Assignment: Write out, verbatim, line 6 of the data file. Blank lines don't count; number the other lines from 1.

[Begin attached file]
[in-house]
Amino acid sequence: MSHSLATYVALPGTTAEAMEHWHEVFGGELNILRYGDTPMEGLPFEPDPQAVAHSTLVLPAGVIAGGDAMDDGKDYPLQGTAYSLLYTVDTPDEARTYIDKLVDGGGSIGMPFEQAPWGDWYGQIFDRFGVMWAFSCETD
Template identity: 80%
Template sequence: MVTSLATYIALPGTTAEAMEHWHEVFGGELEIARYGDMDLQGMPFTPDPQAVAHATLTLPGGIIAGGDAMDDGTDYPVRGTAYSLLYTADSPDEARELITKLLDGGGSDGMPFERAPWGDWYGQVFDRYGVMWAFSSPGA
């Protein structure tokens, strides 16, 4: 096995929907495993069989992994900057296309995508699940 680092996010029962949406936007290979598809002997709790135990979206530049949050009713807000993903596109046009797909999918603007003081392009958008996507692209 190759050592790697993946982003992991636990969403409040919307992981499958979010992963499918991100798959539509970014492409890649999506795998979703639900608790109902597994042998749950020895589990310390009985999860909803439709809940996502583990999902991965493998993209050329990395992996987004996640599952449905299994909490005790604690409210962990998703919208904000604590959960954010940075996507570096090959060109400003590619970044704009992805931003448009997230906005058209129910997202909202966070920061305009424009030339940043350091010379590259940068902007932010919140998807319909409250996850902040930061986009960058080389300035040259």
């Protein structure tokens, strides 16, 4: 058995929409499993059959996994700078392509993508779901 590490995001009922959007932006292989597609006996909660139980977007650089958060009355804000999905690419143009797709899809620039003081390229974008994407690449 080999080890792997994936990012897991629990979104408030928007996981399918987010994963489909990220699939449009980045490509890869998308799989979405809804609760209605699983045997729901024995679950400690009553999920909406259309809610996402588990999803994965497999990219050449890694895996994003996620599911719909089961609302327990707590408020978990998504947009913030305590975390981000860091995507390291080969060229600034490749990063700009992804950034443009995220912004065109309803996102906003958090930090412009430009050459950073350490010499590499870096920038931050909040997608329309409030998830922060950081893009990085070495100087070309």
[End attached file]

């Protein structure tokens, strides 16, 4: 058995929409499993059959996994700078392509993508779901 590490995001009922959007932006292989597609006996909660139980977007650089958060009355804000999905690419143009797709899809620039003081390229974008994407690449 080999080890792997994936990012897991629990979104408030928007996981399918987010994963489909990220699939449009980045490509890869998308799989979405809804609760209605699983045997729901024995679950400690009553999920909406259309809610996402588990999803994965497999990219050449890694895996994003996620599911719909089961609302327990707590408020978990998504947009913030305590975390981000860091995507390291080969060229600034490749990063700009992804950034443009995220912004065109309803996102906003958090930090412009430009050459950073350490010499590499870096920038931050909040997608329309409030998830922060950081893009990085070495100087070309």